The US ambassador to Libya, Gene Cretz, may be the first senior diplomat to fall victim to the release of confidential embassy cables on WikiLeaks. ‘Ambassador (Gene A.) Cretz is in Washington for consultations… The question of when Ambassador Cretz returns to Libya will be one of the many subjects of his consultations,’ a spokesman said last week. Appointed in 2007, Cretz was the first US ambassador to Libya since 1972. Last month Colonel Qadhafi praised WikiLeaks for exposing US hypocrisy. ‘The true face of US diplomacy has been revealed through the confidential documents,’ he said. This ‘proved that America is not what it has led allies and friends to believe it to be’.
Most of the stories from Tripoli that were picked up in the western media were old news in Libya, where few are unaware, for example, that Qadhafi suffers from phobias about flying, travelling over water and staying on upper floors. Many elderly desert bedouin feel the same way and no one thinks that Qadhafi travelled 7000 miles around Africa by land because of his love for African unity.
One of the more curious – and less reported – stories concerns a businessman from Las Vegas who befriended one of Qadhafi’s bodyguards and ended up spending a fair amount of time with the Leader inside his tent. The ‘consultant’ remains anonymous, but the bodyguard is named as Mabruka al-Sharef. ‘Mabruka, who is in her mid-40’s, is known to be very close to Qadhafi,’ Cretz writes. ‘She has been described to emboffs’ – embassy officials – ‘as “Qadhafi’s left arm”.’ The consultant first met Mabruka in early 2009. By November of that year, when the cable was sent, she ‘had provided him access to Qadhafi on numerous occasions and even arranged for the two to meet during the Leader’s September visit to New York.’ On the other hand, ‘the consultant had not yet managed to secure business contracts for any of his clients.’ There may be a straightforward bureaucratic reason for this: at the moment, just one member of the Revolutionary Guard is signing off on all government tenders, so there’s quite a backlog.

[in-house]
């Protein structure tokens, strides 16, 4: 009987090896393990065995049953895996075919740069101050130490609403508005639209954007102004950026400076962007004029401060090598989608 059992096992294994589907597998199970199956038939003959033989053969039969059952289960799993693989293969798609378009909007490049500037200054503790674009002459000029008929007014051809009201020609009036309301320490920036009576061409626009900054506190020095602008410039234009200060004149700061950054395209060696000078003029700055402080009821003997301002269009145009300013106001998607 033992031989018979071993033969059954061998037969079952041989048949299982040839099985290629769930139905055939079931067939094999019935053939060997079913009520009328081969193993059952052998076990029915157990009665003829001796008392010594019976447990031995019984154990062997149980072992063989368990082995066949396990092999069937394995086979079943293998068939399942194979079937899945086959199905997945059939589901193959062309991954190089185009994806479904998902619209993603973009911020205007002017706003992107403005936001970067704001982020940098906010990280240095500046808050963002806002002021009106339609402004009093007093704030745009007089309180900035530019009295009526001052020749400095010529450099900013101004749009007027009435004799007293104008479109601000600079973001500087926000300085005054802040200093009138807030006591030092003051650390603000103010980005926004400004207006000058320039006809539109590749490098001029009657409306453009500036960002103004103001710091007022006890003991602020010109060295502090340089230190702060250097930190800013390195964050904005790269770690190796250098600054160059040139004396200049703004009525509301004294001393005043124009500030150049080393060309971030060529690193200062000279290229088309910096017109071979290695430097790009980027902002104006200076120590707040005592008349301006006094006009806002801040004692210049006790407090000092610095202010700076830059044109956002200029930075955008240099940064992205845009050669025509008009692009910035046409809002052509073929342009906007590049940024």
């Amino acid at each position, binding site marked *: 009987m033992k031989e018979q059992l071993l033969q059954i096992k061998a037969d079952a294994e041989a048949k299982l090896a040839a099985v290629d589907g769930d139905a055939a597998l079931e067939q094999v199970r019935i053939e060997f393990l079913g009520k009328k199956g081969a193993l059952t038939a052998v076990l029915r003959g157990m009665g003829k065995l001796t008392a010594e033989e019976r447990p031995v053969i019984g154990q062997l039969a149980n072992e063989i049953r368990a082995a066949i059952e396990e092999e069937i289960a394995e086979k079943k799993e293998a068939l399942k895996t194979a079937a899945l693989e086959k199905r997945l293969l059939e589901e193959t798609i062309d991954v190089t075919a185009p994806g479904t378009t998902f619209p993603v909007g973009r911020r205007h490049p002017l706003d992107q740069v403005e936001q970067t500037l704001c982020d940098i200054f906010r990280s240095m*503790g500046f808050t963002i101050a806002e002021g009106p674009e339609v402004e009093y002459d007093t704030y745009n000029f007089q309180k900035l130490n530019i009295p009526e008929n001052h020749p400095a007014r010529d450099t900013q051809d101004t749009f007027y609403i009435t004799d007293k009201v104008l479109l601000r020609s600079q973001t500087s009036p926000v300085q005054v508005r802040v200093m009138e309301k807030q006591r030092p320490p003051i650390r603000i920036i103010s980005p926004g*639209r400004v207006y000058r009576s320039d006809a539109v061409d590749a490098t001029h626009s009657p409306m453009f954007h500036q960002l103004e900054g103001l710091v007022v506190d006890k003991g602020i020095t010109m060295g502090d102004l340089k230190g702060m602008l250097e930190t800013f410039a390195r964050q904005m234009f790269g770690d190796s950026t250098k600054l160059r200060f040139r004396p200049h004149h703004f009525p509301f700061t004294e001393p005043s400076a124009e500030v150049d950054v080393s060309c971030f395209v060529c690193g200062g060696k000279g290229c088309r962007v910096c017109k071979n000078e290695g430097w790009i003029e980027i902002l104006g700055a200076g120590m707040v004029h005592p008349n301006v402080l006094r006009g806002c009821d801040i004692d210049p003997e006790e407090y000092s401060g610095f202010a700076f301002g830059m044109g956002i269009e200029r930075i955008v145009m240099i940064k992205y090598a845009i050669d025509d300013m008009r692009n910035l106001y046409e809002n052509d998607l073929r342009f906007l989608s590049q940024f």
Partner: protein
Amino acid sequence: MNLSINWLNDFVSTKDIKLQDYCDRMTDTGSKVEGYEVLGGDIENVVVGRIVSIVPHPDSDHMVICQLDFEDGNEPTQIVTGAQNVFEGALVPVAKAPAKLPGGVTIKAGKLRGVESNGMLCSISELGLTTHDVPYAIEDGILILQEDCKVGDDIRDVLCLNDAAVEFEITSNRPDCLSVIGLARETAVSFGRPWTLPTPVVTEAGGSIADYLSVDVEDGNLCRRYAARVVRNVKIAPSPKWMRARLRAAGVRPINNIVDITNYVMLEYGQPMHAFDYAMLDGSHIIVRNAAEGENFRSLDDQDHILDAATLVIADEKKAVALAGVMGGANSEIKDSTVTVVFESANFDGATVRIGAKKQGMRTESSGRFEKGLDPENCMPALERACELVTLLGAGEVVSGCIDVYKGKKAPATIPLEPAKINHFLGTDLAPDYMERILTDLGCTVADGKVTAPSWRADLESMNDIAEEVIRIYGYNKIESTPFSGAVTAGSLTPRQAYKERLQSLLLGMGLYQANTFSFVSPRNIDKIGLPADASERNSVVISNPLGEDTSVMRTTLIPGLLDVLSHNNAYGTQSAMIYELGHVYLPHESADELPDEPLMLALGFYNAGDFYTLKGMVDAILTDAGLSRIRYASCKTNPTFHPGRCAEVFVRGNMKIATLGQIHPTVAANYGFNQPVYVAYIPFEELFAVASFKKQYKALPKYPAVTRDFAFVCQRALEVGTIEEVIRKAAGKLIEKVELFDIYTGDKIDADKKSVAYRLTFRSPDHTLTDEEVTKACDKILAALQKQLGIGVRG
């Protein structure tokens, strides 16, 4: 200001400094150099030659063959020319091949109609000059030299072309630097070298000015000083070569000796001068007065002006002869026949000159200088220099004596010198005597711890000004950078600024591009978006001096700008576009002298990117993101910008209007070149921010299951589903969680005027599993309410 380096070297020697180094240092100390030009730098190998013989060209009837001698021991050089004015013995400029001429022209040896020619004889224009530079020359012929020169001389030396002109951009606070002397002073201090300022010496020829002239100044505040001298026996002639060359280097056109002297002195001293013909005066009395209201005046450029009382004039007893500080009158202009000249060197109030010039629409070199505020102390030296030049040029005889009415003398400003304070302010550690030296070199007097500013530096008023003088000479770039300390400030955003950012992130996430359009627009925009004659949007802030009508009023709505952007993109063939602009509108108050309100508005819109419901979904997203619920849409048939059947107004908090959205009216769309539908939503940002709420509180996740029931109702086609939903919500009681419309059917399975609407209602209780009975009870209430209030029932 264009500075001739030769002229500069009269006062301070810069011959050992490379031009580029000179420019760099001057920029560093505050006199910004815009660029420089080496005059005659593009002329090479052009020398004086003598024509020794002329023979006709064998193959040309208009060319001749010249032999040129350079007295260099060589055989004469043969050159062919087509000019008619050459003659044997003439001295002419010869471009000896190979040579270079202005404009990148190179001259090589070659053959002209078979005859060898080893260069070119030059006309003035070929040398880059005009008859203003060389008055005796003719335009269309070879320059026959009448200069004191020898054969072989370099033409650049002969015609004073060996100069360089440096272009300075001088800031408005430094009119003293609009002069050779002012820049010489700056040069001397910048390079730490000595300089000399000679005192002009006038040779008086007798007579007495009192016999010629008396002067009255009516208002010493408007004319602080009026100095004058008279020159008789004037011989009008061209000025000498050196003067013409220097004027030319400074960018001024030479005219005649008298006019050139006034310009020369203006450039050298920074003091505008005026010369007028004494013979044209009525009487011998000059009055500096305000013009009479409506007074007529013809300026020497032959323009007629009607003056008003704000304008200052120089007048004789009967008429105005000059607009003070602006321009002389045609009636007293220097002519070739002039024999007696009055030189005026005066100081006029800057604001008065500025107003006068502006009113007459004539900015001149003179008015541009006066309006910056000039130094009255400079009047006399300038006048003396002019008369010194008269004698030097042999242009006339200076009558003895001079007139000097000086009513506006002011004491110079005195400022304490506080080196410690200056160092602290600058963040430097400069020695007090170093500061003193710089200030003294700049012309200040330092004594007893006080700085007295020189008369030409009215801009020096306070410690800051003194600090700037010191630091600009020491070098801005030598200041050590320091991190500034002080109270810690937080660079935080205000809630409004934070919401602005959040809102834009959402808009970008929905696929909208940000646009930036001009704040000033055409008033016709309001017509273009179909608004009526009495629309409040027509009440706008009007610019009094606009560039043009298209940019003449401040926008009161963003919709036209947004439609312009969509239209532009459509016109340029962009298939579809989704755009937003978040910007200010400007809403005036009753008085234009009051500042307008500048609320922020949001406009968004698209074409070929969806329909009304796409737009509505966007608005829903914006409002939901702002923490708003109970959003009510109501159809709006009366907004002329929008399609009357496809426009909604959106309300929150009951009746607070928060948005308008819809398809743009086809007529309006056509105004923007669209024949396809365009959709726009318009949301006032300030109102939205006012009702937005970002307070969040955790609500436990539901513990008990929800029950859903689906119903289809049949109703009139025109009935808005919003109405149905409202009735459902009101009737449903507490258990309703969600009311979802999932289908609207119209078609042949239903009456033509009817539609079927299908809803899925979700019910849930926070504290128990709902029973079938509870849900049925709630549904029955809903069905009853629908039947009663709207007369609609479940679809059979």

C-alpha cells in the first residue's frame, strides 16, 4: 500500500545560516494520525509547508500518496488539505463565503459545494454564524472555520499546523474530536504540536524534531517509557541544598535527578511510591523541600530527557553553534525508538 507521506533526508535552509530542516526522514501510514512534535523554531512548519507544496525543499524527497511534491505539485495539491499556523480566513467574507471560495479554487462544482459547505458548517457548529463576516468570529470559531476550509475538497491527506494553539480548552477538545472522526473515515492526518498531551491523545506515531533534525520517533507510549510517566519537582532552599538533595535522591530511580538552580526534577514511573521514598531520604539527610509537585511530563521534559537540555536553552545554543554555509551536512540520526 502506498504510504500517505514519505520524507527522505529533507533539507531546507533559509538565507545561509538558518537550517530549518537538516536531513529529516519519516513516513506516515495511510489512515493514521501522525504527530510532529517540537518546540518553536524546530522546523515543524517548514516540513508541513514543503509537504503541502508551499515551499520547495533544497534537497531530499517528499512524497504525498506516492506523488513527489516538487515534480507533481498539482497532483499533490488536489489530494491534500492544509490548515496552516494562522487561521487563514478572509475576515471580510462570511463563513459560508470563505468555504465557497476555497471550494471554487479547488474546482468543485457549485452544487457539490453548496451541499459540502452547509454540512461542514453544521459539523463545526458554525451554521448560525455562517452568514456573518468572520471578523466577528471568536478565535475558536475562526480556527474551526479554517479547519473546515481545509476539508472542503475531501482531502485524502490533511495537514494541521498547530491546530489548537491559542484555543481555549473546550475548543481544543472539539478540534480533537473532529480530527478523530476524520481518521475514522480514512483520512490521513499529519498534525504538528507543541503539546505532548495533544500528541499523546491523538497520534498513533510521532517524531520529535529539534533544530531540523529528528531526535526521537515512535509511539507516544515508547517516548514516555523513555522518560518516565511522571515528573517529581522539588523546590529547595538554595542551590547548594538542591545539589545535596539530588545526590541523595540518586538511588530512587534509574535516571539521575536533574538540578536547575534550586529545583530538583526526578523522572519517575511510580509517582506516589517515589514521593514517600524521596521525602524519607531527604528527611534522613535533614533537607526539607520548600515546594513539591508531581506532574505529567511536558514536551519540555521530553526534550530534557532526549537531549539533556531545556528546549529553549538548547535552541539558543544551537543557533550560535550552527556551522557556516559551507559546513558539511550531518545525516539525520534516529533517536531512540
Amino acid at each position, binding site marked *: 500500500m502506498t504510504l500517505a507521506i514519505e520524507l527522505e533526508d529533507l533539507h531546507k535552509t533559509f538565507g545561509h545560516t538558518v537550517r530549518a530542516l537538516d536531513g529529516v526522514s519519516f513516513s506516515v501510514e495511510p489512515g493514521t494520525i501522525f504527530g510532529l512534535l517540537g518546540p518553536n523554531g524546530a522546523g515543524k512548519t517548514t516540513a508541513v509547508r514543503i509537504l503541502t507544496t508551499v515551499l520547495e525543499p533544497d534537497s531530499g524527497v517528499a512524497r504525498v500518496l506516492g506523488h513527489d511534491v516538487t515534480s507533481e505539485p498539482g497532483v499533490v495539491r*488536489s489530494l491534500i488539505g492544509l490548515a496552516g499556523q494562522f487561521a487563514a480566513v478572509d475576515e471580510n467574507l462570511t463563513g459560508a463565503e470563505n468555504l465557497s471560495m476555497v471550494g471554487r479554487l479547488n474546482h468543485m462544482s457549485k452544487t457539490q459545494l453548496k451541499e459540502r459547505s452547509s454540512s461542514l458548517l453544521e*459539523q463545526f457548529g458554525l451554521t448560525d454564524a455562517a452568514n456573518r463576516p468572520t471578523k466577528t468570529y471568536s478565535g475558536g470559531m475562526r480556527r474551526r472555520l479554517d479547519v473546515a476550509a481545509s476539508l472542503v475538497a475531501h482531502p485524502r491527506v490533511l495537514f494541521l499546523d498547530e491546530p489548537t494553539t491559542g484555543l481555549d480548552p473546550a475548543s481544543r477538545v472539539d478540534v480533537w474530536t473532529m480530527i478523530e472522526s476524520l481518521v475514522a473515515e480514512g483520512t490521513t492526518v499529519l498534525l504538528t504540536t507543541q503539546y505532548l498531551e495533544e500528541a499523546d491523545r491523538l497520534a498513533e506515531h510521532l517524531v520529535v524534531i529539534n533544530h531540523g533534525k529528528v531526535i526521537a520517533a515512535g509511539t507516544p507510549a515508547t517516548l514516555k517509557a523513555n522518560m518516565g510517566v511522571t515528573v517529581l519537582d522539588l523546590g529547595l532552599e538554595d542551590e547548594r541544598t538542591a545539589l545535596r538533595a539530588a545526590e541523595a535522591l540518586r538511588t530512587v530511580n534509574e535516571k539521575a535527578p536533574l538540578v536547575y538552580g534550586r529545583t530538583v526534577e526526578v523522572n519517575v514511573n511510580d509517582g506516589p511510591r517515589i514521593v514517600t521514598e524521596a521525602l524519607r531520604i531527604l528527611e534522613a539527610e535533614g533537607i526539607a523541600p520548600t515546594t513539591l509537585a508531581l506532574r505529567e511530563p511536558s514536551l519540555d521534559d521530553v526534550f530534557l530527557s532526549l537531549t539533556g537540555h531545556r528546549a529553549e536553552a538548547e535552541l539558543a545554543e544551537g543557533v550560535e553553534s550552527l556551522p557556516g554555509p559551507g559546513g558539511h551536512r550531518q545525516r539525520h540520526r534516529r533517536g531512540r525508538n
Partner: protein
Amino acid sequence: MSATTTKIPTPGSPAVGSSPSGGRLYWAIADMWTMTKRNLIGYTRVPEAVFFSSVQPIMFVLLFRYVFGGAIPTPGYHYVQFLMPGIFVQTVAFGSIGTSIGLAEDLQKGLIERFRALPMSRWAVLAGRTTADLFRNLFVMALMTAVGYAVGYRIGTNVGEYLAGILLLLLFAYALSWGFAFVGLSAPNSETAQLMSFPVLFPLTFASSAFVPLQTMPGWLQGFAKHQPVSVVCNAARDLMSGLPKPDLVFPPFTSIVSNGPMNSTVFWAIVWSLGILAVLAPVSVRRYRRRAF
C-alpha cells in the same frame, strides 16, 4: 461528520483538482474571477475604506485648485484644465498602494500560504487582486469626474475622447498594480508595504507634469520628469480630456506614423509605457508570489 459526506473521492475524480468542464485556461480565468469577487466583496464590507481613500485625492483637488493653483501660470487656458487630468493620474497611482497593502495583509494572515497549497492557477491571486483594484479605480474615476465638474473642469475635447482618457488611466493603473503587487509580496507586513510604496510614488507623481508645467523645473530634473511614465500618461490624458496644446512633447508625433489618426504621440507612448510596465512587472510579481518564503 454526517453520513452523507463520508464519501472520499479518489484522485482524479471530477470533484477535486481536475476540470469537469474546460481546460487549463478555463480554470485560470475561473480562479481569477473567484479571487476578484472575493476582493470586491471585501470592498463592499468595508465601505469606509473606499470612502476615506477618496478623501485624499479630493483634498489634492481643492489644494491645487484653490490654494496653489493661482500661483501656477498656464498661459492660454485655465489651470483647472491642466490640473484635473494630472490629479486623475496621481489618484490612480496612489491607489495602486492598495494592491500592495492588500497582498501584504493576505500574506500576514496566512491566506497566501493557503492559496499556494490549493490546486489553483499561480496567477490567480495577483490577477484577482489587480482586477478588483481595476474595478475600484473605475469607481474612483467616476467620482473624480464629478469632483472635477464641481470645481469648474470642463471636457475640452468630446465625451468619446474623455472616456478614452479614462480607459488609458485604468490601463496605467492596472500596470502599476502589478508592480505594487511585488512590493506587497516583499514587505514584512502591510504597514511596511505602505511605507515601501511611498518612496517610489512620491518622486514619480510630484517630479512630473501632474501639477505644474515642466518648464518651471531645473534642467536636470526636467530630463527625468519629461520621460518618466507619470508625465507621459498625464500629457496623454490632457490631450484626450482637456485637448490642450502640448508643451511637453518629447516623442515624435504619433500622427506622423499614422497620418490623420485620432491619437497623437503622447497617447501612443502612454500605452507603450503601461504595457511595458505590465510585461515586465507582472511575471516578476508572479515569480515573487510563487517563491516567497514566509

Cretz’s supporters say that he was a popular ambassador but the word in Tripoli is that Libyans never much liked him. In the run-up to his departure Qadhafi reportedly suggested to the visiting US assistant secretary of state for economic, energy and business affairs, Jose Fernandez, that he might like to take Cretz home with him. The Libyans weren’t fed up with Cretz only because of the WikiLeaks cables: they have been feeling short-changed by the US since dismantling their WMD programme in 2003.